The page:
July 29, 1996 in Nation/World

Bomb Theory Has Divers Seeking Front Covering Of Airliner ‘Things That Come Off First Tend To Be An Indicator Of What Happened’

Associated Press
 

Investigators hoping to prove a theory that TWA Flight 800 was destroyed by a bomb that blew off the cockpit and first-class cabin directed divers to search Sunday for a crucial piece of the airliner’s aluminum skin.

“We need that piece of sheet metal” in order to finally declare the crash a crime, a source close to the investigation told The Associated Press.

The search focused on a field of debris on the ocean bottom where the first collection of wreckage fell along the Paris-bound plane’s flight path, including first-class seats and the front landing gear.

“Things that come off first tend to be an indicator of what happened,” said Robert Francis, head of the search, explaining investigators’ interest in the area. “We’re always interested in what came off first.”

Investigators were speculating that the explosion was caused by a bomb in the front cargo section, one of them told The AP.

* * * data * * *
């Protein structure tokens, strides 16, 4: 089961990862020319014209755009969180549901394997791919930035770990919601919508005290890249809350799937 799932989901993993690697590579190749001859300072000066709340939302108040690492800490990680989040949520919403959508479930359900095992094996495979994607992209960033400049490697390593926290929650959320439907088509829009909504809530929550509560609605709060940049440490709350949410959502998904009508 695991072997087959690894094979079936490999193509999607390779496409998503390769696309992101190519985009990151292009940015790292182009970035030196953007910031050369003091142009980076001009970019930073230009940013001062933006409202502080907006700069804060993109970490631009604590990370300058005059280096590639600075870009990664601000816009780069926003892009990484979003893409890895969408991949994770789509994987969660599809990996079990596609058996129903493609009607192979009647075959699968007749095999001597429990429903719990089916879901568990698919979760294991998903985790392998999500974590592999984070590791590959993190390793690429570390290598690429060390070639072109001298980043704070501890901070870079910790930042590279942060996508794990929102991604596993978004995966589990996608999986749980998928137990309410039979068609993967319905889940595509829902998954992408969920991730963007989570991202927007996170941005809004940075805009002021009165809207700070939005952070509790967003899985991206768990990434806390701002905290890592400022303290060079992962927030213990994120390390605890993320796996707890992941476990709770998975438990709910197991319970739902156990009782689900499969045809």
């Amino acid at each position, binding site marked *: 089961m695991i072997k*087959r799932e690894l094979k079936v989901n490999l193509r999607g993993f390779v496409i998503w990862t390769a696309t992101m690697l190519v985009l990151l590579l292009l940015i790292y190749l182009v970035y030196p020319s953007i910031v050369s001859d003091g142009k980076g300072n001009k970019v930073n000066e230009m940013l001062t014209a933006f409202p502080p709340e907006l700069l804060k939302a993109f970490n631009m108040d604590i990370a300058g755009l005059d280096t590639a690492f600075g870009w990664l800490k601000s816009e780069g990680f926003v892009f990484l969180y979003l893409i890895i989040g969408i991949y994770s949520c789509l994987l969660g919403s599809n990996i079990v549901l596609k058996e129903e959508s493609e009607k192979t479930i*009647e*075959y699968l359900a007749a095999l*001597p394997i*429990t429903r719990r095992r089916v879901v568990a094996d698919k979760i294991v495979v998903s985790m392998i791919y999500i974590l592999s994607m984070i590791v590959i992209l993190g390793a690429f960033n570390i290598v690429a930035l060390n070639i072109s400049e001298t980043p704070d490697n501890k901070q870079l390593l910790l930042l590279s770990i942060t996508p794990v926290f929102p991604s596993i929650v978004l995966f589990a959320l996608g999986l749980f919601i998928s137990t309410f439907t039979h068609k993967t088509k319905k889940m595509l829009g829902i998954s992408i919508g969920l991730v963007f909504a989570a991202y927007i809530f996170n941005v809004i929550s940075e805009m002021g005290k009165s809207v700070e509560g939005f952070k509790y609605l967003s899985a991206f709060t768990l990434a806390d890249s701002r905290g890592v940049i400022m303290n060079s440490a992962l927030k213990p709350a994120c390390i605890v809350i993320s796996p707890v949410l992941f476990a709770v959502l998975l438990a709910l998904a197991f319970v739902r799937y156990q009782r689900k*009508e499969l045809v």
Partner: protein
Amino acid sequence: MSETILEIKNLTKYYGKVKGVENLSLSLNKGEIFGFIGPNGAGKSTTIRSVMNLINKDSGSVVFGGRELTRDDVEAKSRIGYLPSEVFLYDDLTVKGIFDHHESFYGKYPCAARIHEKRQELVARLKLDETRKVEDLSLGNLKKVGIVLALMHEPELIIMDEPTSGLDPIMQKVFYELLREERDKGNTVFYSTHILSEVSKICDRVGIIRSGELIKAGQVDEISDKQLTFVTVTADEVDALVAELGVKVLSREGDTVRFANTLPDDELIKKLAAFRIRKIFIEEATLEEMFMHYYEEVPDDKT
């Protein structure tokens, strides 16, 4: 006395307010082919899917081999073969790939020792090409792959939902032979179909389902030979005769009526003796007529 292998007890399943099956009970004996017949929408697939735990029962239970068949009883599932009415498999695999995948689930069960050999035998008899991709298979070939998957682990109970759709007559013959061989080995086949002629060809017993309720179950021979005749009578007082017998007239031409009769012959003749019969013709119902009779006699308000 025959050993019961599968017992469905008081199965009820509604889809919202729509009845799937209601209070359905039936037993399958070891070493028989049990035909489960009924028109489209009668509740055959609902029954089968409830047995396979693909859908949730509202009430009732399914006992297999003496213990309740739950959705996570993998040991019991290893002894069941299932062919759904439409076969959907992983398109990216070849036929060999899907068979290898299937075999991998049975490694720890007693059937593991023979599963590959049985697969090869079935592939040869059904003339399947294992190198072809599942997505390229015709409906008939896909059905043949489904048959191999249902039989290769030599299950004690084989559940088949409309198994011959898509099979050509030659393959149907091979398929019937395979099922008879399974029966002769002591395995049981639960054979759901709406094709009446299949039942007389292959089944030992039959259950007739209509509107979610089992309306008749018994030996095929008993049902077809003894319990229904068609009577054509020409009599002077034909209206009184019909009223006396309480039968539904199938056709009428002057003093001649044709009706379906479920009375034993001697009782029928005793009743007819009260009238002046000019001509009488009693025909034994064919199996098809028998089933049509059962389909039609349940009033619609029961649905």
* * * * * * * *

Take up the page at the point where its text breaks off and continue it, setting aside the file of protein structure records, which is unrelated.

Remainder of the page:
The jet apparently “flew without a front for 10 to 11 seconds” after the initial blast, the source said.

But while they focused on that theory, they had neither discounted the possibility of a missile, nor ruled out the possibility of mechanical failure, according to the source, who spoke on the condition of anonymity.

Francis, vice chairman of the National Transportation Safety Board, would not confirm or deny the primacy of the bomb theory. But he said searchers were “obviously interested in anything in the front of the aircraft that might include the cockpit area.”

The investigative source said a piece of the plane’s aluminum skin close to the explosion would probably tell what caused the blast and whether the metal was pierced from the inside (a bomb) or the outside (a missile).

Some passengers in the plane’s first-class section were thrown out by the July 17 explosion 10 miles off the south shore of Long Island, which killed all 230 people on board.

© Copyright 1996 Associated Press. All rights reserved. This material may not be published, broadcast, rewritten, or redistributed.


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